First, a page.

President Uhuru Kenyatta will make his debut at a summit of the Group of Seven most industrialised countries today, capping his rise from the shadow of the ICC to one of Africa’s most influential men on the global stage.
Could the G7 invitation - only a few days after Mr Kenyatta was one of only two African leaders to attend a major global summit in China - be a culmination of a focused, sustained initiative by the President to market Kenya on the international stage?
The Group of Seven is an informal bloc of industrialised democracies (the United States, Canada, France, Germany, Italy, Japan, and the United Kingdom) that meets annually to discuss issues such as global economic governance, international security, and energy policy. So Mr Kenyatta’s address is a chance to showcase Kenya, East Africa on the world stage.
There are those who think the invite to the G7 is an endorsement of the president’s leadership.
The G7 presence therefore represents Kenya’s continuing ascent in global relevance that will no doubt build partnerships that will strengthen our economic opportunities and security.
Analysts have argued that as a democracy with a growing and mixed economy that is facing global terrorism, Kenya’s success is key to the G-7’s democratic countries whose priorities are protecting global security, protecting democracy and expanding opportunities for their private sector.
No doubt, President Kenyatta’s presence will bring a sharp focus to that, and lead to increased investment and engagement in Kenya. This will solidify his efforts in the last four years to market Kenya.
Kenya has made remarkable strides in creating an enabling environment that is conducive to do business.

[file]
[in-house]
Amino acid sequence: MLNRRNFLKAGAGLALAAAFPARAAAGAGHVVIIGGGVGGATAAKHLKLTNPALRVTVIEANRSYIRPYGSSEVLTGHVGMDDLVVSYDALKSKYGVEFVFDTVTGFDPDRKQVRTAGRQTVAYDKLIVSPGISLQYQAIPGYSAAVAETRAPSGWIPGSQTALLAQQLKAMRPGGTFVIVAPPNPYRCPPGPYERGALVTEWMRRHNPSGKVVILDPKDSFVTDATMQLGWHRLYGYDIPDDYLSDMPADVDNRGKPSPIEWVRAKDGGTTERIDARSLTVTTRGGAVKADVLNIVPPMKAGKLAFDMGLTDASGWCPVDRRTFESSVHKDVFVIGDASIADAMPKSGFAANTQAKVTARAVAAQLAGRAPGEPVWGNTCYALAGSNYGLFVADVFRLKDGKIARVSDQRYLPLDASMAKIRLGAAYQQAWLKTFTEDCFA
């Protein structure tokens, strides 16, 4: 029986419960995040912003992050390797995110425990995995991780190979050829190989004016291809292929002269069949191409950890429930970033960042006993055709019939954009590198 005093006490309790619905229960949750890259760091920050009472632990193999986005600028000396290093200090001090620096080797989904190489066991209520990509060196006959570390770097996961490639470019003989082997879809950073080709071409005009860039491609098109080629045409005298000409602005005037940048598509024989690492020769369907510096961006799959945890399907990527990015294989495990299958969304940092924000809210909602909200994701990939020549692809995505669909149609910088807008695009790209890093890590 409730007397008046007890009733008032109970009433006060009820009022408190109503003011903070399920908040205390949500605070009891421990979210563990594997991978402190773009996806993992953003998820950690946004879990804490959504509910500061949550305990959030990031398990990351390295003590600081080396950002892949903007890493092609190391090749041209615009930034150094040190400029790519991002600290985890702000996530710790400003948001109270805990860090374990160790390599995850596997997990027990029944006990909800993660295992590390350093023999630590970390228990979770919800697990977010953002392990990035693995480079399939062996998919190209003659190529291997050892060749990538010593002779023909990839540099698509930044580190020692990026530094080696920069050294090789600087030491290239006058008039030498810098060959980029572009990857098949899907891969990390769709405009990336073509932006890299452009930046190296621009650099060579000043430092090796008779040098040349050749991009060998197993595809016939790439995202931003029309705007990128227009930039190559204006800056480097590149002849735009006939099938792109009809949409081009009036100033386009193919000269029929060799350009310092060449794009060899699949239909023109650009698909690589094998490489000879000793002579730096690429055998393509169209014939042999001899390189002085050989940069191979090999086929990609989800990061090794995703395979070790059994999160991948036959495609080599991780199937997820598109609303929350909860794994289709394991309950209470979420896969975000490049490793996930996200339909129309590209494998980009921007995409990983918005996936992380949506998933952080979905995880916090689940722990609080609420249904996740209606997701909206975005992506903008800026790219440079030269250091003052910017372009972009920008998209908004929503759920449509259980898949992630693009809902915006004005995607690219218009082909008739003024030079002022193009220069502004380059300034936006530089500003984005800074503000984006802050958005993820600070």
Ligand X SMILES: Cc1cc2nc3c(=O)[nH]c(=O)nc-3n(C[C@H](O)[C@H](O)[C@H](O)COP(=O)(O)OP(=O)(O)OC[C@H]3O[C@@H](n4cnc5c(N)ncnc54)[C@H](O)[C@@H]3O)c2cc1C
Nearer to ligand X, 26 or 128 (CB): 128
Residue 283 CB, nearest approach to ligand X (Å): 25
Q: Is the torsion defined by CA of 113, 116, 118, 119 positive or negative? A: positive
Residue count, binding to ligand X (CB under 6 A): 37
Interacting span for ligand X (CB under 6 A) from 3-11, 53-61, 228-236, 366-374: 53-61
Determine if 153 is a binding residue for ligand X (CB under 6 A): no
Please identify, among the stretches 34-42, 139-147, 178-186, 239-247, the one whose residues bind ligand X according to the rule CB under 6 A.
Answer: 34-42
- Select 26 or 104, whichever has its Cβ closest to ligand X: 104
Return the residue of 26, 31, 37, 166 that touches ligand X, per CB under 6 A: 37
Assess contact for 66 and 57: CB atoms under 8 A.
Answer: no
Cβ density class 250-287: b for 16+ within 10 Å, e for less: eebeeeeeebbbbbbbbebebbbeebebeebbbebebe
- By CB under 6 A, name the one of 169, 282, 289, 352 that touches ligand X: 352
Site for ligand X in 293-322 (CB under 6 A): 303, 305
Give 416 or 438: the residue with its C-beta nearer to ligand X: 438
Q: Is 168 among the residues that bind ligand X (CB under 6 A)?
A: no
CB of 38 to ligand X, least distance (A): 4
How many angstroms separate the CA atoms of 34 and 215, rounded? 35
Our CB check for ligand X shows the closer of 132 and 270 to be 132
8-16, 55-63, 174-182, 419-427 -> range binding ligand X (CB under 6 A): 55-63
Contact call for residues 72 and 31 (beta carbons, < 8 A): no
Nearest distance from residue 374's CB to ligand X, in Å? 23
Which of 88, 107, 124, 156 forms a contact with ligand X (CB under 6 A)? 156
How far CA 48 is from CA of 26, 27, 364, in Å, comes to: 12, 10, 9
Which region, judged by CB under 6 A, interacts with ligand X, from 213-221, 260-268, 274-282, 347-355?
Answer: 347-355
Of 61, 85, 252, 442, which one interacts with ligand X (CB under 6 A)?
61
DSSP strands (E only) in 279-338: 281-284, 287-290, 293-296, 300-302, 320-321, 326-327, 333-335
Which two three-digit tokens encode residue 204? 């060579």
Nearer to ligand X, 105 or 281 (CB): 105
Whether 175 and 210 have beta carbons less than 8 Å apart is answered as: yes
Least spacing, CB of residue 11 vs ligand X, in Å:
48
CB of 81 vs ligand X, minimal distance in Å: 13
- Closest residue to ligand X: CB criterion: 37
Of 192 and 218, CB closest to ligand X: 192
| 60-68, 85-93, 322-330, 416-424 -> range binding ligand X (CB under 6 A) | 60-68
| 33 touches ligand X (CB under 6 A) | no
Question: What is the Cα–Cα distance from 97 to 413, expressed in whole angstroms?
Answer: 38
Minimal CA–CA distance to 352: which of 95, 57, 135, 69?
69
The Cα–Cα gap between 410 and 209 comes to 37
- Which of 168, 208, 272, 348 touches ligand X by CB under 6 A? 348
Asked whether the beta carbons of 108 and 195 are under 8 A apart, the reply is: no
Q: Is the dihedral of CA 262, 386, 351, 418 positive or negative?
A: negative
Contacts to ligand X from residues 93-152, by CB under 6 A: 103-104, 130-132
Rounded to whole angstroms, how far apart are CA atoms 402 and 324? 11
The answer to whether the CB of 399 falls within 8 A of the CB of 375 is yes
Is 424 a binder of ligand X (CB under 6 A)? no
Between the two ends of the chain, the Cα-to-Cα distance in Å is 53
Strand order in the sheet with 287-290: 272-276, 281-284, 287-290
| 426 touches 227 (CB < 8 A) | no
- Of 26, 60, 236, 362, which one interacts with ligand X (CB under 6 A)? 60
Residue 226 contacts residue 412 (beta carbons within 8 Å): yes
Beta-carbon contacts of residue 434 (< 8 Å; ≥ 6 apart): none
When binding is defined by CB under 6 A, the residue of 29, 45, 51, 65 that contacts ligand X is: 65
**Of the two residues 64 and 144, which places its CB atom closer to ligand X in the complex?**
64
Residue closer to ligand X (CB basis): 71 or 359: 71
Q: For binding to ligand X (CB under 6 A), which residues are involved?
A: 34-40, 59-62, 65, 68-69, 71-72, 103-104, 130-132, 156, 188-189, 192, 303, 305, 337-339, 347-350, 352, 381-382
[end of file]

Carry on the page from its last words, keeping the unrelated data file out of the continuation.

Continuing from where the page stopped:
This has been underpinned by a two-pronged strategy that has sought to address both the cost and ease of doing business and rebooting the economy from a service, import-oriented to manufacturing and value addition model.
Kenya has invested heavily in infrastructure; a modern Standard Gauge Railway from Mombasa to Nairobi, that will reduce the cost of transporting cargo by nearly 40 per cent as well as travel time to four-and-a-half hours is ready. There are other ongoing infrastructural projects around the SGR that will boost the economy; new roads, a new port and new and refurbished airports spread across the country.
Moreover, energy supply has doubled from 1,500MW in the four years, reducing energy costs by close to 40 per cent with a large portion of this being green. The government has argued that this has laid a firm foundation towards making the country a hub of production and investment.
Kenya is now regarded as a model in Africa. For two consecutive years, Kenya has been ranked by the World Bank as the second most improved country globally on the Ease of Doing Business rankings, rising a cumulative 44 places in two years; and rising to the top most reformed country in Africa in 2017.
Barely two weeks ago, Ernest & Young’s Attractiveness Index Report ranked Kenya as the second most attractive destination in Africa. Many now see Kenya as the go-to country. The World Bank says Kenya’s overall investment levels have topped $1.9 billion in 2016, up from less than $400 million in 2013.
Also, more than 30 multinationals have chosen Nairobi as their regional hub. Top global brands such as Volkswagen, Volvo, Peugeot, Iveco, Foton, Wrigleys, Johnson and Johnson, IBM, Honeywell, Coca-Cola, Mckinsey, Cisco, Unilver, Google, Diageo have made Kenya their Africa headquarters. That says a lot.
This progress sets Kenya aside in a generally subdued continent. Save for Ethiopia, where growth is tremendous, Kenya is well ahead of the continent on overall management, development and growth.
Kenya’s handling of security, democratisation and its central role in the fight against terrorism has no doubt sent the right signals globally and attracted visits by the likes of the Pope, President Barack Obama, Indian PM Narendra Modi.
Ms Obala is a Reporter at The Standard
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